Bohm mixes a lot of great angles into his view of Thailand's capital city with a mellow score worthy of (but isn't) Massive Attack. The beat of the music kicks in after a little theatrical flair as Bohm sweeps into a view of the city at night. Some great shots include boats scurrying along the water and trains racing atop an elevated track, but the coolest scene must be a T-shirt vendor setting up shop. Despite some broad views at times Bohm does a great job getting up close with the people of the city — at one point capturing the craze of the street market from both near and far. He (somehow) gets a great shot from the front hood of a taxi looking in at the driver before, as promised, disappearing at dawn.
La Flaneur, by Luke Shepard
This video sneaks into the list despite being uploaded in mid-December of 2010. Shepard, who shot this as a student at the American University of Paris, offers a misleading title — the task of capturing France's leading city is not one for idlers. We begin with a wide view of the city then hit many of the major sites, beginning with the Louvre at night. Shepard blends the musical beat with the image breaks well and edits many scenes to seem as though his camera is rotating. There's a great transition from night to day at the end as seen through the shifting color of the Seine, which goes from black to deep blue to white. And if you didn't get quite enough Paris from Shepard's work, there's another good time-lapse from the past year that focuses entirely on the Eiffel Tower.
Ho Chi Minh City (Vietnam)
Ho Chi Minh City, by Rob Whitworth
Whitworth's incredibly colorful time-lapse takes the angle of traffic in Ho Chi Minh City. We see scooters and cars magically avoid collision, boats weave across muddy waters, and a frenzy of auto lights swirld around a traffic circle. "Everyone who has visited Ho Chi Minh City, Vietnam knows part of the magic (love it or hate it) is in the traffic," he writes. Whitworth created the video from 10,000 images he believed captured the city's "relentless energy and pace of change." He even captures an empty street at the end as a nice punctuation.
LA Light, by Colin Rich
Rich pairs his nighttime view of the City of Angels with a soft piano score. Over six months of shooting he captured a few great wide looks at Los Angeles as well as some closer shots of its buildings and, of course, its traffic. "Shooting time lapses is a labor of love and a study in patience," Rich writes. There's a nice sequence caught through the lens of a driver, but the coolest shot is probably the long neon look at a Ferris Wheel and amusement park that seems to us like the one from the movie Zombieland — and, considering the subject of the time-lapse, may well be.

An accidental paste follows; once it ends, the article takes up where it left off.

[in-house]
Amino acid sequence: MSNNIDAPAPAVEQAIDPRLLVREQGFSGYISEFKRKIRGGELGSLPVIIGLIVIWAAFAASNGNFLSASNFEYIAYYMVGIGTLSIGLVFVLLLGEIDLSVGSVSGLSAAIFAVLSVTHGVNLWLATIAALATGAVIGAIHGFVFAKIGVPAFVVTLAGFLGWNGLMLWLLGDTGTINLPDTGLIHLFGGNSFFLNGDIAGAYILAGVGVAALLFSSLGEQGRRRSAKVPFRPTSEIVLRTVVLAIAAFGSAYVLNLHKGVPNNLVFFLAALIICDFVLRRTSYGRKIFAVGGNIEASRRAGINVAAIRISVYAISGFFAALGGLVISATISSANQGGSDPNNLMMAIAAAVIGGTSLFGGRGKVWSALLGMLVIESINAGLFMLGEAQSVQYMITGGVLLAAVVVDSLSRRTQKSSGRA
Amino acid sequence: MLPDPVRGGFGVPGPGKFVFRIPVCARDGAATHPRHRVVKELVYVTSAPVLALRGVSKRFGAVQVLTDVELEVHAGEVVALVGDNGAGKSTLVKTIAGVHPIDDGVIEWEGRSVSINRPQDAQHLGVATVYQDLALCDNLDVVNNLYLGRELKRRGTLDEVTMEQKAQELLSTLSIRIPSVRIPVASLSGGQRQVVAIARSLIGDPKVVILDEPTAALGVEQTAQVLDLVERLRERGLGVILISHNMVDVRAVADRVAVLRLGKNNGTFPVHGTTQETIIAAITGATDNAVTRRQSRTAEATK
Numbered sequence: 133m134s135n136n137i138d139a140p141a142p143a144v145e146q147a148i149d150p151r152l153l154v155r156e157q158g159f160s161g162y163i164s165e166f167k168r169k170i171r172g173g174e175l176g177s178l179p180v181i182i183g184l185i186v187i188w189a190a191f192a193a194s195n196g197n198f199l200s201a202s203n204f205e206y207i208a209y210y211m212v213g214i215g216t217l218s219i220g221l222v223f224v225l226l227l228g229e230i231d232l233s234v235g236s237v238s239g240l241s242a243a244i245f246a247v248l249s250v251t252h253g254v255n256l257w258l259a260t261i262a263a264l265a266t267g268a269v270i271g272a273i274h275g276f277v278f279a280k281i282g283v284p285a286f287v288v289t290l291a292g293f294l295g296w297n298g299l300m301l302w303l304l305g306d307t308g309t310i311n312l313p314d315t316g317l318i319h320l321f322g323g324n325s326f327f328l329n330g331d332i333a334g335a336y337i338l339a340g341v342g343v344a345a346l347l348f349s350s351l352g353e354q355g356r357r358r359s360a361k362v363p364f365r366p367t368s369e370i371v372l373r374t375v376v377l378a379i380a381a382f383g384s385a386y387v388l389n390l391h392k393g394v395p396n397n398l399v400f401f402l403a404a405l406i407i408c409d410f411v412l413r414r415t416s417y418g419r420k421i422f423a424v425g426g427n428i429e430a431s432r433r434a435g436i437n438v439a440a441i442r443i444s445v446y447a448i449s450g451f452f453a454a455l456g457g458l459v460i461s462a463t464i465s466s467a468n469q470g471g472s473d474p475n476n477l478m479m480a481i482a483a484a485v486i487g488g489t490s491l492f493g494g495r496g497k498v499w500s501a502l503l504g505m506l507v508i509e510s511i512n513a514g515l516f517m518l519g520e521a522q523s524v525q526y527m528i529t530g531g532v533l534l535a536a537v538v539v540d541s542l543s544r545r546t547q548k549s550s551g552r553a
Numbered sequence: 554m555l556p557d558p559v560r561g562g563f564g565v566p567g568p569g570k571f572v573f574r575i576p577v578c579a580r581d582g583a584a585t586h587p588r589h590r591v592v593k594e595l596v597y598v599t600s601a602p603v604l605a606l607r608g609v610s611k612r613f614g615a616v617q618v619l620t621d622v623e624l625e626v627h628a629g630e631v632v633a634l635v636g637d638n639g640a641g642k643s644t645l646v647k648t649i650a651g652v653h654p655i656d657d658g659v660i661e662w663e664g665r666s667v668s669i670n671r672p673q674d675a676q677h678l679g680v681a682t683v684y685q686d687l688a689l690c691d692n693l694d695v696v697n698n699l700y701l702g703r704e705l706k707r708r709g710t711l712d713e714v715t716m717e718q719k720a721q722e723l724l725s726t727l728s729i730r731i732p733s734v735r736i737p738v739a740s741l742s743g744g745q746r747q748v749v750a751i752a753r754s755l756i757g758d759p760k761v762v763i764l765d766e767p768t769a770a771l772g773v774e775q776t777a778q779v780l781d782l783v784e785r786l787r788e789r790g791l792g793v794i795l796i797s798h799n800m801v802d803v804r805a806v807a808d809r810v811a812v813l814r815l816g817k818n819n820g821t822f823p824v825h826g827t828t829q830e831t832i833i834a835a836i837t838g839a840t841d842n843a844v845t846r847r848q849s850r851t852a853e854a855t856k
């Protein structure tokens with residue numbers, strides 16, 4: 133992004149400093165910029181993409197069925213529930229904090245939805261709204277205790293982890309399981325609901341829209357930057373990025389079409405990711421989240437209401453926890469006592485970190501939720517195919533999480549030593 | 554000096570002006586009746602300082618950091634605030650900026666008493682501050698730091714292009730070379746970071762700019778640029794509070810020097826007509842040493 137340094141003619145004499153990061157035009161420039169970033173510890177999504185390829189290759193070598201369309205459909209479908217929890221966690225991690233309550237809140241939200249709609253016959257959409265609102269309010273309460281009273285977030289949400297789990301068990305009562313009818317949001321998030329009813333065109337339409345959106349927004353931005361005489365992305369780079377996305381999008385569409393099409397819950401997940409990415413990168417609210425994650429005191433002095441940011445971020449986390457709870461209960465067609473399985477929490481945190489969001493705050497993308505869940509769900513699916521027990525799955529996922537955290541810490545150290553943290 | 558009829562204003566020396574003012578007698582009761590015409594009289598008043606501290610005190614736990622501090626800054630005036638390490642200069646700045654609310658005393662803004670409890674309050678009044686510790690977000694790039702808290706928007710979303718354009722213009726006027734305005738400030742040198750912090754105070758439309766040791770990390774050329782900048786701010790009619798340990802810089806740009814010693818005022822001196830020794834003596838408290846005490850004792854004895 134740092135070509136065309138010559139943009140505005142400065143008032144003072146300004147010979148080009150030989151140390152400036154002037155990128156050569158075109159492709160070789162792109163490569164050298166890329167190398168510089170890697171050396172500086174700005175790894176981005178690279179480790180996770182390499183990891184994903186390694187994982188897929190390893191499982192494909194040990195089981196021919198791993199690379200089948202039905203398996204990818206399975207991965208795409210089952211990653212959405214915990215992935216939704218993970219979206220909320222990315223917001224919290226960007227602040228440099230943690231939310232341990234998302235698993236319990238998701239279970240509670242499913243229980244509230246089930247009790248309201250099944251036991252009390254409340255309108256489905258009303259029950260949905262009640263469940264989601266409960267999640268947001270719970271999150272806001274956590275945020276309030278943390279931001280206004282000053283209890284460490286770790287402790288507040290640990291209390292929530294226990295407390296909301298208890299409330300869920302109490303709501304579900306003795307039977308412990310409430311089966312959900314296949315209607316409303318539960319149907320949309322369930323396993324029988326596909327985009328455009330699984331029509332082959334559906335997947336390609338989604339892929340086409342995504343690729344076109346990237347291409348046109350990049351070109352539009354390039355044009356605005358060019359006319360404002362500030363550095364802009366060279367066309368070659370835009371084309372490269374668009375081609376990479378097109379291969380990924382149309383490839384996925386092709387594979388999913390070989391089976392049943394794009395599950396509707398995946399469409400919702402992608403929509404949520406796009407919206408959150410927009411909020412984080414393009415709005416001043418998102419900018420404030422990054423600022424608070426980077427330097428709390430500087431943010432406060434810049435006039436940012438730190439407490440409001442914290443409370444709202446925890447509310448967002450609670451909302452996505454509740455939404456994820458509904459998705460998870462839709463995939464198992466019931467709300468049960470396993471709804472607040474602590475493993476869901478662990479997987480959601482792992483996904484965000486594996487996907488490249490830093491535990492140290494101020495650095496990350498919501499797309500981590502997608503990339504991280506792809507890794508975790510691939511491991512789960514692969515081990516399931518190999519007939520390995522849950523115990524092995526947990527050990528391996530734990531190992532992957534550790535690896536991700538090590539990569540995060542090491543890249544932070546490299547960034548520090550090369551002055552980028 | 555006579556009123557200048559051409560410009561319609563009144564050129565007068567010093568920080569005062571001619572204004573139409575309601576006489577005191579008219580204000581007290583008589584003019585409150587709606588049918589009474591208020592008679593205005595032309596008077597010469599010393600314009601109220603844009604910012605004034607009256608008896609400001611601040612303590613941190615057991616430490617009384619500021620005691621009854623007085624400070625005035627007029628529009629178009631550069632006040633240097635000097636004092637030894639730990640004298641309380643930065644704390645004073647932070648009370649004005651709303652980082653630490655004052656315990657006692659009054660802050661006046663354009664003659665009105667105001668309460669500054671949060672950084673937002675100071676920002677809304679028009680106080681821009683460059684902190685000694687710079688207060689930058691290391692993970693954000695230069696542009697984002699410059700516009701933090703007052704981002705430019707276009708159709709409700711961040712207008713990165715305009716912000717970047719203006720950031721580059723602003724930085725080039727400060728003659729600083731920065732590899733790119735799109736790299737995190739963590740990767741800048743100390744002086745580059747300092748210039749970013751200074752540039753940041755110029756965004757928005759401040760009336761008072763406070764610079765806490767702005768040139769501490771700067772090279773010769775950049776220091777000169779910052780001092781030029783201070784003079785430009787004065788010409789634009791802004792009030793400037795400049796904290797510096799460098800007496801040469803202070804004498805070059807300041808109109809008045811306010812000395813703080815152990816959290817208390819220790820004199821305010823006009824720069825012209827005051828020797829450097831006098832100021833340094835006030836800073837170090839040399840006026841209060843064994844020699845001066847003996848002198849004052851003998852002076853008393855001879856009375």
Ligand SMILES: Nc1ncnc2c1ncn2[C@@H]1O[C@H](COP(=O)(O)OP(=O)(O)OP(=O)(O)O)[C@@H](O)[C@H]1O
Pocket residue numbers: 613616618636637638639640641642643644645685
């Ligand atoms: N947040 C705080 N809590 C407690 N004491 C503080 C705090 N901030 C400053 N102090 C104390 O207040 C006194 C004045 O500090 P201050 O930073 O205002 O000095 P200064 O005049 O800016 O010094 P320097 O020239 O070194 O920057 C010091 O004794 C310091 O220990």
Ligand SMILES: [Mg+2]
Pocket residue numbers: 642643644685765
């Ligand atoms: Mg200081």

Seoul Time Lapse 2011, by Oh Choong Young
Young begins with a dreary look at a mountain at gray dawn but catches a nice sunrise then captures the South Korean city in a pleasant shower of sunlight. Some great wide views of the city are paired with up-close looks at Oriental buildings. In one terrific scene, Young catches the image of both a massive building (in the background) and a young girl playing (in the foreground) through pictures of a puddle's reflection.
Our own Nate Berg spotted this time-lapse of the annual Burning Man festival earlier this year. The video looks at the construction and deconstruction of the temporary city of some 50,000 people. As Nate points out, Burning Man is not exactly a city in the sense that Paris or Seoul is a city, but it's kind of like a city, and it's not often we get to see a city "build up and disappear like this." He continues:
The build-up and break-down is really interesting to see in this compressed format, but maybe even more interesting is the flashes and movements of light at night, showing the concentrations of the event’s notorious proclivity for late-night fire-and-light displays.